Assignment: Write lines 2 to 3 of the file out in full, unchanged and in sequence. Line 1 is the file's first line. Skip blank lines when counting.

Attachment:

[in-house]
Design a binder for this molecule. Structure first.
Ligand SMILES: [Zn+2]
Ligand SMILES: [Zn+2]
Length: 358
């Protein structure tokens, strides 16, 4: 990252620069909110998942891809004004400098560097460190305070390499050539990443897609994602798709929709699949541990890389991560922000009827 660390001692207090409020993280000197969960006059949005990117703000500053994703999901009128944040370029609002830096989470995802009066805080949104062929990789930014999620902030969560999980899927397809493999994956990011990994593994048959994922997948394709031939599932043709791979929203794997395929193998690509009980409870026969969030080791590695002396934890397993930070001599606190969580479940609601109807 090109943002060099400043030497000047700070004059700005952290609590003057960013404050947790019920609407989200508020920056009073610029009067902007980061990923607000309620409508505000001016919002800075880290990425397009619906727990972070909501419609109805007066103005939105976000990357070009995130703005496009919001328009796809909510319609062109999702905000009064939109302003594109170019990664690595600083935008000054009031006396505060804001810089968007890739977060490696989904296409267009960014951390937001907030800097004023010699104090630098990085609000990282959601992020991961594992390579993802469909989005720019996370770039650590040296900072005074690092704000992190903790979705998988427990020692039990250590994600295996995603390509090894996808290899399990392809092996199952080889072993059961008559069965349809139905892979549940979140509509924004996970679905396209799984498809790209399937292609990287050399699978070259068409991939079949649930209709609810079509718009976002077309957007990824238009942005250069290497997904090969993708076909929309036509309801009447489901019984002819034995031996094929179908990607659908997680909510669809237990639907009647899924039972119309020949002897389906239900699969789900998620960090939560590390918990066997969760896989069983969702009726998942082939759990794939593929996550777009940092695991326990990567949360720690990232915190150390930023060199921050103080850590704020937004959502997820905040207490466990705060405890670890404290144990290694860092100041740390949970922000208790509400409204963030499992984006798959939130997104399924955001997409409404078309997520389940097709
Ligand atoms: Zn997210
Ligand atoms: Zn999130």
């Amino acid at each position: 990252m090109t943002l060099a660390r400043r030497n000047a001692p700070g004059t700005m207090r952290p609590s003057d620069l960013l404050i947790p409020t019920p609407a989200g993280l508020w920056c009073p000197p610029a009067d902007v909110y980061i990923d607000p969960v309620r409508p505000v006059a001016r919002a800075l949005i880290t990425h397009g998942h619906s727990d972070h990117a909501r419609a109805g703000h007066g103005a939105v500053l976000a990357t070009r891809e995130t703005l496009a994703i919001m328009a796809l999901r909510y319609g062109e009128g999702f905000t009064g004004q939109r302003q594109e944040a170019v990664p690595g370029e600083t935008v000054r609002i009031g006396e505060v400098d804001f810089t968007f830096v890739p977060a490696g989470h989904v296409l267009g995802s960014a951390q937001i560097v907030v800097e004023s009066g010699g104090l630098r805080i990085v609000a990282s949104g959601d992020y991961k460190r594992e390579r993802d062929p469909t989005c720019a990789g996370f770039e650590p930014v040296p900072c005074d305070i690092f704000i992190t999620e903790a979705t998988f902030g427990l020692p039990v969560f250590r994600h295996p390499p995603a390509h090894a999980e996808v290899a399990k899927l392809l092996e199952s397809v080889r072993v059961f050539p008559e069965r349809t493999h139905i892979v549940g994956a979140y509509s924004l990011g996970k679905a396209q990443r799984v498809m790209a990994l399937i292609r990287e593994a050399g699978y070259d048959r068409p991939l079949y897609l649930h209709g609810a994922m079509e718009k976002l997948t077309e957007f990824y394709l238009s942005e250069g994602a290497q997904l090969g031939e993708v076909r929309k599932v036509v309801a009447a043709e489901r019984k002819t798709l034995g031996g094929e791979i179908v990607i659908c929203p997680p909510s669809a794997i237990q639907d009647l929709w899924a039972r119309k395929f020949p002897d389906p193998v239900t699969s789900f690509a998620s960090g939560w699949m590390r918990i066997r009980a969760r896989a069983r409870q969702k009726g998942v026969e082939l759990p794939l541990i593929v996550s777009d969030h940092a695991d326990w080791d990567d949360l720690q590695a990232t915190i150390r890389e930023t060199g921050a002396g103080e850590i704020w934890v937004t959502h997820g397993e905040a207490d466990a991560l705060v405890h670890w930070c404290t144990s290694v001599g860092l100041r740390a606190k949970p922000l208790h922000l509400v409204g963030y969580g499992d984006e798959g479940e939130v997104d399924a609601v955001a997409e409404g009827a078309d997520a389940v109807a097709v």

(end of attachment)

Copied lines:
Design a binder for this molecule. Structure first.
Ligand SMILES: [Zn+2]